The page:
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In C#, you can initialize a list like so:

var list = new List<int> { obj1, obj2, obj3 };

I was expecting to do something similar in F# but keep getting errors:

let list =  { obj1, obj2, obj3 }

Is this possible in F#?

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The Lists (F#) page on MSDN has a bunch of examples. – Jack P. Dec 9 '12 at 2:28
up vote 8 down vote accepted

To create an (immutable) F# list, you can write:

let list = [ obj1; obj2; obj3 ]

There is a number of other options. You can create arrays by using [| .. |] instead of [ .. ] and you can also write sequence expressions that allow you to generate data - similarly to C# iterator methods. For more information, refer to:

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I was trying to get a sequence, but this worked since the method I was passing it into was expecting an IEnumerable. Do you know how to init a Seq? – Joshua Belden Dec 9 '12 at 2:31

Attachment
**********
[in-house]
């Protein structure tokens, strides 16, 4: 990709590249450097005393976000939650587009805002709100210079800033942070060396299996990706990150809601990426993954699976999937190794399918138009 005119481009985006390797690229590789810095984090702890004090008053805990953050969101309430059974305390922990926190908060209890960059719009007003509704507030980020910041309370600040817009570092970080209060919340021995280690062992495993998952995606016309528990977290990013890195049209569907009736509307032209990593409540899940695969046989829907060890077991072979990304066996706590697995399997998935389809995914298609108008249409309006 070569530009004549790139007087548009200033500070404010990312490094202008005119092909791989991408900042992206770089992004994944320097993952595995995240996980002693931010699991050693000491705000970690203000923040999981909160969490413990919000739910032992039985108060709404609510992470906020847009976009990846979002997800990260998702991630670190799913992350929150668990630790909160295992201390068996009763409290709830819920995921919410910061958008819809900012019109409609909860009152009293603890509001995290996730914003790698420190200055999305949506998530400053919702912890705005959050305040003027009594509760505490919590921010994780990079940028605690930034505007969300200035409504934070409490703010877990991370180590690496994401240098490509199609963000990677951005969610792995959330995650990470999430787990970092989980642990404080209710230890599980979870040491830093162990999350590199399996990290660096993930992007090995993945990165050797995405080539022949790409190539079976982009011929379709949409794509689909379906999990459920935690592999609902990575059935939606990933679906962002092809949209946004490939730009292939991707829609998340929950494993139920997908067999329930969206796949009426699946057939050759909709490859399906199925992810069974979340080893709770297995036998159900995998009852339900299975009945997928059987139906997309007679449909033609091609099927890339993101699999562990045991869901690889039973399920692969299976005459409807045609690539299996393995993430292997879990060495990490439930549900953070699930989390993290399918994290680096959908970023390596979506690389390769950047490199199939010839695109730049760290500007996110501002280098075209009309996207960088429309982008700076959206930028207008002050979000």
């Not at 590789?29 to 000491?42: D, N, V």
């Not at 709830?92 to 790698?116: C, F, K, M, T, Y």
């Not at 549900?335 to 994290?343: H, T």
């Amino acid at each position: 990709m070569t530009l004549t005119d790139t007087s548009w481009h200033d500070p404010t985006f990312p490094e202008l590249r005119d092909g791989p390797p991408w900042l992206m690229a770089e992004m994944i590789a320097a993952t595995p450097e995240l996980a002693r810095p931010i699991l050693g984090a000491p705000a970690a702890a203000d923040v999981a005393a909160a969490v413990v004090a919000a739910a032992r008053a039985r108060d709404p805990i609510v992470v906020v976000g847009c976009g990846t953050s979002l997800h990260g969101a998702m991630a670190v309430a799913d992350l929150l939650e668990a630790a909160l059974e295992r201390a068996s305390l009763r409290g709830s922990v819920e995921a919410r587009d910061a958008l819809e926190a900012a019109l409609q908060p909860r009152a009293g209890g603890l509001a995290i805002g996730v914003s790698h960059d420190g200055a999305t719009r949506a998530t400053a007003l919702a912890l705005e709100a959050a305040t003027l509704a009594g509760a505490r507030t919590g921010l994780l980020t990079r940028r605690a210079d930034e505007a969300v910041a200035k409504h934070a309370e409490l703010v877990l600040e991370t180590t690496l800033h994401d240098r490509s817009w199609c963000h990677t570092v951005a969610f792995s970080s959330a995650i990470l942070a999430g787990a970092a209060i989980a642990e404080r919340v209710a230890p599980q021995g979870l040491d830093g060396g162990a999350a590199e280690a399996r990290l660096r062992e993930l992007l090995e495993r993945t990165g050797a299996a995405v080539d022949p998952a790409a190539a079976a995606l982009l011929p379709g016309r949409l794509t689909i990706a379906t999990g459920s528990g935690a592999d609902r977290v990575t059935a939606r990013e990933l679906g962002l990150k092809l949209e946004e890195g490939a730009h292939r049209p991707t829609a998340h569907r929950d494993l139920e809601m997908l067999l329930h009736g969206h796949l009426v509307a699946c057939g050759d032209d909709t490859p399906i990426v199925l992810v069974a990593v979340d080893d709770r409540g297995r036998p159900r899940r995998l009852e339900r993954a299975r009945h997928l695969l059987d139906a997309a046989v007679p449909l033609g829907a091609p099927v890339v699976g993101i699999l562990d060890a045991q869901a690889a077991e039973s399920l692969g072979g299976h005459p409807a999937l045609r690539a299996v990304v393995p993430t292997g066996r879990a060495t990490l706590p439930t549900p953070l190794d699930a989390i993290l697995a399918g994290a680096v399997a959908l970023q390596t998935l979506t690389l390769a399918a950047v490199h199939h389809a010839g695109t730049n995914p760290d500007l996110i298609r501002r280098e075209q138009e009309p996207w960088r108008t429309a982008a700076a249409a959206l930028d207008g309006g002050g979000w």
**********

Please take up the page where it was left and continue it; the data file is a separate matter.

@JoshuaBelden - you can just do [obj1;obj2;obj3]:>Seq<_> - As Seq is an interface I don't think that this sort of Seq literal is supported – John Palmer Dec 9 '12 at 2:47
Ahh! Grok! I was thinking [] was array and seq was directly related to System.Collections.Generic.List<T>. Seq is an alias for IEnumerable<T>. List was what I was looking for, and that's why I could pass it to my method that expected IEnumerable<T>. The cast would be extraneous. Thank you gentleman, much appreciated. Tom, great book so far. – Joshua Belden Dec 9 '12 at 3:50
@JoshuaBelden Thanks! Another way to construct IEnumerable<T> (or seq<T>) is to use built-in function named seq, so you can write e.g. seq [1;2;3] (which just creates a list and casts it) – Tomas Petricek Dec 9 '12 at 4:13

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